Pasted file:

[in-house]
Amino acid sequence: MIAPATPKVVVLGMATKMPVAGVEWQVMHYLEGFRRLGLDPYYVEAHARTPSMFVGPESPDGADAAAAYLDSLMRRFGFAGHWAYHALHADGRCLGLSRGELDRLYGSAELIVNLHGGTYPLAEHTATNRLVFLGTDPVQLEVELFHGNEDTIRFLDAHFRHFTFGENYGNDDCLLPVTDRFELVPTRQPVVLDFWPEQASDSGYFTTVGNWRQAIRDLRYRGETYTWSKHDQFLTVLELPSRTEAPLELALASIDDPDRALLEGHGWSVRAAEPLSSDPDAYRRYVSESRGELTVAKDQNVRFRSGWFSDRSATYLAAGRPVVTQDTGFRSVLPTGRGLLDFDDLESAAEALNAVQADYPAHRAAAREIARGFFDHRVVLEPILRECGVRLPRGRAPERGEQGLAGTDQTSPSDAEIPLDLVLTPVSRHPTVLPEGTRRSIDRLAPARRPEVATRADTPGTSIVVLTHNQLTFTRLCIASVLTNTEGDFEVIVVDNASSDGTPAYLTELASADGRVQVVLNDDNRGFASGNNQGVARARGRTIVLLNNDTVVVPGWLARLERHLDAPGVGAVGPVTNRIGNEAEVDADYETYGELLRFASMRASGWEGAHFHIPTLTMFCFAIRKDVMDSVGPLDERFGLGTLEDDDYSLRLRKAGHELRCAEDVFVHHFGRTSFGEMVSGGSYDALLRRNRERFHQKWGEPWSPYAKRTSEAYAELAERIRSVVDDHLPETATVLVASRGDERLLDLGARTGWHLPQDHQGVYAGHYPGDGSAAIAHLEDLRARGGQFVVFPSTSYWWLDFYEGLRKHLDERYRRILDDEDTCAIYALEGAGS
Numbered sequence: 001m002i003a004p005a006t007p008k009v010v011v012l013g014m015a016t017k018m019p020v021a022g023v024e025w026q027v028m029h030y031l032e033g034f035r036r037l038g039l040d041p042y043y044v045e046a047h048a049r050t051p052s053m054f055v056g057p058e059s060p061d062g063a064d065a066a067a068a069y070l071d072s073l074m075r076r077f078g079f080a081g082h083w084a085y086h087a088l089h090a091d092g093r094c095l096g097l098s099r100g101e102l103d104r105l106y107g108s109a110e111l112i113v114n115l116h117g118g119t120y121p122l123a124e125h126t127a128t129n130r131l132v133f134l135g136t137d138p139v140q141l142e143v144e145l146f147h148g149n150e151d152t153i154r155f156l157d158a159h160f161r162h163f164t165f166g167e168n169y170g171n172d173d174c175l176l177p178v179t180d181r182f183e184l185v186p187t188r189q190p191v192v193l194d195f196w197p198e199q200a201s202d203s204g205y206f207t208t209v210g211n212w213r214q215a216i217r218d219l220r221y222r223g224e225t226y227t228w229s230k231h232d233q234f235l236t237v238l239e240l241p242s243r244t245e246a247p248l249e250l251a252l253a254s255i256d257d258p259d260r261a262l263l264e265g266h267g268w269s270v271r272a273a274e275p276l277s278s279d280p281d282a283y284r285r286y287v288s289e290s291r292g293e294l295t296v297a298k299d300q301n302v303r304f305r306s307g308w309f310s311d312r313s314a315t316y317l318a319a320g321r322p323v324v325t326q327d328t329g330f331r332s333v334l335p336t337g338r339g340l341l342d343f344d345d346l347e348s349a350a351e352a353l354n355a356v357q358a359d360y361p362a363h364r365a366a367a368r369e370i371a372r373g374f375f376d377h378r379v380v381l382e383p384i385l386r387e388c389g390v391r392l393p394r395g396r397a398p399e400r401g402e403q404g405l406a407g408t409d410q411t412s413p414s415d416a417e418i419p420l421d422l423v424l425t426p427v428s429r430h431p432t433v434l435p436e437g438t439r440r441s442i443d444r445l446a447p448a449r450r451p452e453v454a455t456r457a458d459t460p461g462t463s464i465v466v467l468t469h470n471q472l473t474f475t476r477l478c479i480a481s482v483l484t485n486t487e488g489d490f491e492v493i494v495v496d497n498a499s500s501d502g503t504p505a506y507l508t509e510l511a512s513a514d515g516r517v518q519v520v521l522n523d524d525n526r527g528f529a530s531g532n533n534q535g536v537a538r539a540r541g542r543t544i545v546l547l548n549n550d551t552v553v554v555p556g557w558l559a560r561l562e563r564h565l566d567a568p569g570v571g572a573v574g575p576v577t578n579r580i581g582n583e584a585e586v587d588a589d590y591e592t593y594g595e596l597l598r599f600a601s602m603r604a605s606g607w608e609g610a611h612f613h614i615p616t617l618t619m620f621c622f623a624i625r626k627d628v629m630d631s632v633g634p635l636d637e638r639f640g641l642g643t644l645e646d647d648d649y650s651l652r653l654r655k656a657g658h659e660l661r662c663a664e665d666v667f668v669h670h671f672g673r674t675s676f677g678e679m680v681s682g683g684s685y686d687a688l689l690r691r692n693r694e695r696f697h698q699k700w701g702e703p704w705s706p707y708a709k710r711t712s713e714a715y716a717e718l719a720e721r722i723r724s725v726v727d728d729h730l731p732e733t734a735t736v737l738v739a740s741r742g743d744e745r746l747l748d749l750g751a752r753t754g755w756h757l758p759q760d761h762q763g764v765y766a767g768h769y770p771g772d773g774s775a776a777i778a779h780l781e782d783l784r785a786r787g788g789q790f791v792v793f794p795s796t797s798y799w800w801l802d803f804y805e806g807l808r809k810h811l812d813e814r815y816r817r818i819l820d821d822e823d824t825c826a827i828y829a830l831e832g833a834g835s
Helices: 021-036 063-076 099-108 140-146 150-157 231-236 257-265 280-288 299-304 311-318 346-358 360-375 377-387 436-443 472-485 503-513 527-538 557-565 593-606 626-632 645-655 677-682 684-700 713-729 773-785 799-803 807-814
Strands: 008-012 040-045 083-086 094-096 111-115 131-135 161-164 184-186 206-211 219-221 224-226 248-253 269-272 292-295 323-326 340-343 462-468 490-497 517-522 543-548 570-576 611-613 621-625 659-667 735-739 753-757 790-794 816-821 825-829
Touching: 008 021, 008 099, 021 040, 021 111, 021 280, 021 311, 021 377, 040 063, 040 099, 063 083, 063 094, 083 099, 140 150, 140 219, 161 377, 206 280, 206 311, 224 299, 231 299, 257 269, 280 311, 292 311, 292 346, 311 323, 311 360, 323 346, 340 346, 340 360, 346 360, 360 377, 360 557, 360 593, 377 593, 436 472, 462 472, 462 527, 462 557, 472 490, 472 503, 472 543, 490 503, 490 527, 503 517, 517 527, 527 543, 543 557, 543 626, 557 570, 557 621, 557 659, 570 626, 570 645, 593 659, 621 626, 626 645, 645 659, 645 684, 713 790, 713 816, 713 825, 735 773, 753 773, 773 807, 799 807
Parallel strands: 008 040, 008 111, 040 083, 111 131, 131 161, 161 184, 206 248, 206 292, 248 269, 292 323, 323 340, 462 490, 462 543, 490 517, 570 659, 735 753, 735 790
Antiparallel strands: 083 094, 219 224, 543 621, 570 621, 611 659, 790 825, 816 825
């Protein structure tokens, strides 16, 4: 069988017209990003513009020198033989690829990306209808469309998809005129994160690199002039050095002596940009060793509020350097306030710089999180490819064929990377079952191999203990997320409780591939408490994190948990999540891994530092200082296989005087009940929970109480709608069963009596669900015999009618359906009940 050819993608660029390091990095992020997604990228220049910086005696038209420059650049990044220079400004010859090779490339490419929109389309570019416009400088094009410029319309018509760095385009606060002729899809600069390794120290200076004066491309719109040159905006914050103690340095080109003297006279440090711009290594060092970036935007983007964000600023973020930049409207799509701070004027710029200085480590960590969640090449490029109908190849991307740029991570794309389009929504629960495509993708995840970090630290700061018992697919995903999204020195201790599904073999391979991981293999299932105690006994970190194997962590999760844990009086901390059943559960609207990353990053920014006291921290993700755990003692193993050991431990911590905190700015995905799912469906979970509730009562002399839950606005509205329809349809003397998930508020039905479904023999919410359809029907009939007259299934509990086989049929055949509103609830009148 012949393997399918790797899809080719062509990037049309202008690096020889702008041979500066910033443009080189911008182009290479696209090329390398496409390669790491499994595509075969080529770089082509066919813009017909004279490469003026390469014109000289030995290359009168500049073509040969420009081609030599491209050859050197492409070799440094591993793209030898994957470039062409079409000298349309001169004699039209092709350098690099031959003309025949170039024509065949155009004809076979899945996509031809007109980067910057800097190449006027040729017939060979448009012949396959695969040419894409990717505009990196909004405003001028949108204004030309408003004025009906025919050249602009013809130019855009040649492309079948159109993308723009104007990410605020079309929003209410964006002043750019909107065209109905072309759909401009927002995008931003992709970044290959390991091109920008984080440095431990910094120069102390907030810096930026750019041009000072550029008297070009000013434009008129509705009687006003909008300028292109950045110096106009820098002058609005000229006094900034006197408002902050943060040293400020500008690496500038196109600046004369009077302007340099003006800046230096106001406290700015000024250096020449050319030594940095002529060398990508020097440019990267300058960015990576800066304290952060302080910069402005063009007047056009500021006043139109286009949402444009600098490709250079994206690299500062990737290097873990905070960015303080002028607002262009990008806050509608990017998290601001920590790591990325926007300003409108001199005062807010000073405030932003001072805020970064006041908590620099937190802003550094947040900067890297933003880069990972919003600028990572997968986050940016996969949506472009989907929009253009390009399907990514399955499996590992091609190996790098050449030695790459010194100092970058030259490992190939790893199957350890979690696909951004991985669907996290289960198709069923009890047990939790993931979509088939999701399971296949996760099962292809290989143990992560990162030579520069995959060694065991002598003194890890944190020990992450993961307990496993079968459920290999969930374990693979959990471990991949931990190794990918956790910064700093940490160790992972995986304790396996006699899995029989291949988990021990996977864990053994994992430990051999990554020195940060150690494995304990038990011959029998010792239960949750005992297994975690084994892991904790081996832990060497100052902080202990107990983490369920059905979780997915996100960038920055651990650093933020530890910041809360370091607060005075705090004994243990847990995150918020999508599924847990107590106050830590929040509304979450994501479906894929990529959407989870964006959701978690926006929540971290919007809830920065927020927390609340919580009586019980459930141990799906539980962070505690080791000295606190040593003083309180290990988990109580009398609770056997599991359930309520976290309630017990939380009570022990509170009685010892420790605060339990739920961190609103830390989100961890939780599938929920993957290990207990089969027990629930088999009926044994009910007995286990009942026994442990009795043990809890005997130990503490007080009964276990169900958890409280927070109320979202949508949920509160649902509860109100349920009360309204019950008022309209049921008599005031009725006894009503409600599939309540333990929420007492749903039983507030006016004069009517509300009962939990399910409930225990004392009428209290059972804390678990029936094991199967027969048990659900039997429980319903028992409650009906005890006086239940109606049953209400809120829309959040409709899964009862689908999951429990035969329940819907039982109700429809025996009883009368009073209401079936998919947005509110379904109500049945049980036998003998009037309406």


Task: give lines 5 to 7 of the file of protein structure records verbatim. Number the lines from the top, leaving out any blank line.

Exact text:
Strands: 008-012 040-045 083-086 094-096 111-115 131-135 161-164 184-186 206-211 219-221 224-226 248-253 269-272 292-295 323-326 340-343 462-468 490-497 517-522 543-548 570-576 611-613 621-625 659-667 735-739 753-757 790-794 816-821 825-829
Touching: 008 021, 008 099, 021 040, 021 111, 021 280, 021 311, 021 377, 040 063, 040 099, 063 083, 063 094, 083 099, 140 150, 140 219, 161 377, 206 280, 206 311, 224 299, 231 299, 257 269, 280 311, 292 311, 292 346, 311 323, 311 360, 323 346, 340 346, 340 360, 346 360, 360 377, 360 557, 360 593, 377 593, 436 472, 462 472, 462 527, 462 557, 472 490, 472 503, 472 543, 490 503, 490 527, 503 517, 517 527, 527 543, 543 557, 543 626, 557 570, 557 621, 557 659, 570 626, 570 645, 593 659, 621 626, 626 645, 645 659, 645 684, 713 790, 713 816, 713 825, 735 773, 753 773, 773 807, 799 807
Parallel strands: 008 040, 008 111, 040 083, 111 131, 131 161, 161 184, 206 248, 206 292, 248 269, 292 323, 323 340, 462 490, 462 543, 490 517, 570 659, 735 753, 735 790